World-renowned artist, Michael Dowling, founded Medicine Wheel Productions (MWP) as a nonprofit organization in 2000. Initially a focused painter, Dowling began shifting his work to public art installations in response to a call he felt from the community. Through this transition, he repeatedly experienced the phenomenology of art.
One such experience happened in the early years of the “Medicine Wheel” installation. Participants in the 24-hour vigil were invited to carry in stones and symbolically place them in the center of the room as a way to commemorate the AIDS epidemic and acknowledge the overarching sense of loss. Michael saw two women slowly pushing in a very large stone and walked up to them to see if they needed help. In response, one of the women said, “No! You don’t understand. Her son, my nephew passed away from AIDS. This is our burden to bear. We need to do this alone.” Their participation in the installation allowed them to grieve, but more importantly, heal and move forward.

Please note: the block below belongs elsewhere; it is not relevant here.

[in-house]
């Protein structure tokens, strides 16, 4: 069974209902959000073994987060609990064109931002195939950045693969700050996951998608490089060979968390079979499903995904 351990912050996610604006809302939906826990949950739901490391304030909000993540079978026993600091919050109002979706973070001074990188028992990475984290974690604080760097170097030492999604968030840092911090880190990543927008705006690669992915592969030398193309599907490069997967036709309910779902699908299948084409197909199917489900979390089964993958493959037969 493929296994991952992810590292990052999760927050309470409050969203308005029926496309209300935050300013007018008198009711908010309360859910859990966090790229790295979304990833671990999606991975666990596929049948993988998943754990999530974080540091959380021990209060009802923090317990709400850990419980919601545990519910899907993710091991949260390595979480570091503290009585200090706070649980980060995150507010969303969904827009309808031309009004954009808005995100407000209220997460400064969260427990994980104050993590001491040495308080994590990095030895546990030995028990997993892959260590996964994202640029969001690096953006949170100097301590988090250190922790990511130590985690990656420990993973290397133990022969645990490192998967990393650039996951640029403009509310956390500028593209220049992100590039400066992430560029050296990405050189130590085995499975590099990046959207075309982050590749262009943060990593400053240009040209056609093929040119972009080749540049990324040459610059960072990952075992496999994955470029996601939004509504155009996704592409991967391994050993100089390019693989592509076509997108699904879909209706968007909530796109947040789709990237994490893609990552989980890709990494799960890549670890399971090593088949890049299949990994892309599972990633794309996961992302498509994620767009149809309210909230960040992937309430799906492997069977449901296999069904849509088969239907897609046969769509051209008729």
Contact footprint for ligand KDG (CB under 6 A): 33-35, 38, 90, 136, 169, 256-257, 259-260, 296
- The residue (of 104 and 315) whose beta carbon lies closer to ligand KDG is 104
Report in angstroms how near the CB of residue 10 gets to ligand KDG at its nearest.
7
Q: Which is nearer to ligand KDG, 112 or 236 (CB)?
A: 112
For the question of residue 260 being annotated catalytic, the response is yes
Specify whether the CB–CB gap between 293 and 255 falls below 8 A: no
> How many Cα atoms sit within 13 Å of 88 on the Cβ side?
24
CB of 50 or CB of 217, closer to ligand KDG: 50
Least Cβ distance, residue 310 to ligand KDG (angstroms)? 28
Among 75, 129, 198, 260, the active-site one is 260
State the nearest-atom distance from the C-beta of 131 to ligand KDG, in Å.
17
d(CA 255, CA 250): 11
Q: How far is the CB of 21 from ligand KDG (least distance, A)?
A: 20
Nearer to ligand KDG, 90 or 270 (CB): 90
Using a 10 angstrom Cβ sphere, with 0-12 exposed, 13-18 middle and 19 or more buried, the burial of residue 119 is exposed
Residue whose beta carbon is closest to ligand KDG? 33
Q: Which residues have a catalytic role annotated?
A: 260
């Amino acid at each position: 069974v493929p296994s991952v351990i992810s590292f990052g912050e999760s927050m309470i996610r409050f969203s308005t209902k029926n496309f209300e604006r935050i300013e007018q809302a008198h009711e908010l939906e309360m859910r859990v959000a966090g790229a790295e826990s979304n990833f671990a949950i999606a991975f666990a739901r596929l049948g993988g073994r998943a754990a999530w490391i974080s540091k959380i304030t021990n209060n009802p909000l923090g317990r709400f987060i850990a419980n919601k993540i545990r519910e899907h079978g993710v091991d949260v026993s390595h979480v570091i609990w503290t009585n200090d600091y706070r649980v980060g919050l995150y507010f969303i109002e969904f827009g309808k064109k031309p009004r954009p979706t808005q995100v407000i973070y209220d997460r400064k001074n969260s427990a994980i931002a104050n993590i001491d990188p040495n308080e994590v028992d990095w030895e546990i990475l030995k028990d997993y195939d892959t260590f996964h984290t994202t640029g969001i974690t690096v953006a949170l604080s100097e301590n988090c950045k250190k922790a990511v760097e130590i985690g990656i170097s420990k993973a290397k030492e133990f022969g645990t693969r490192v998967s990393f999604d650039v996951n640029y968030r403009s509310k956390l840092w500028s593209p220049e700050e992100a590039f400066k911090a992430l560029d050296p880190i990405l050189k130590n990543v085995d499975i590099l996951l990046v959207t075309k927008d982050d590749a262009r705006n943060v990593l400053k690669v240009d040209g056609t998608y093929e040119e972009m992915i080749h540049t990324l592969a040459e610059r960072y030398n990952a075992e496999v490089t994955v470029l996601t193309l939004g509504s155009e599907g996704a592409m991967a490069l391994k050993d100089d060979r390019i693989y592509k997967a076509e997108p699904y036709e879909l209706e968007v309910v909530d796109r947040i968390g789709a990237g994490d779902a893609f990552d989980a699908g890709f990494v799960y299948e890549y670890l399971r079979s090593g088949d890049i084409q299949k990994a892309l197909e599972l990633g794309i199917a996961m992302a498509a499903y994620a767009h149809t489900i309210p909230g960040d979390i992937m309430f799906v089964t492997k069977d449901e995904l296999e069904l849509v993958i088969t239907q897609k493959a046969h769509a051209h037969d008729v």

Another experience unfolded in1996. Dowling began working with a group of 18 teens that called themselves “Southie Survivors” because they had lost so many friends to drug overdose and suicide. Under Dowling’s mentorship, they channeled their grief and anger into public artwork, creating a Celtic Cross Memorial on an abandoned lot called No Man’s Land, a site well known for its drug activity and violence. The impact of this project on the youth was profound—they were provided with a non-threatening platform to heal, express their grief, and in turn, become change agents in their neighborhood.
Today, MWP is a thriving arts organization that is transforming individuals and communities from the inside out.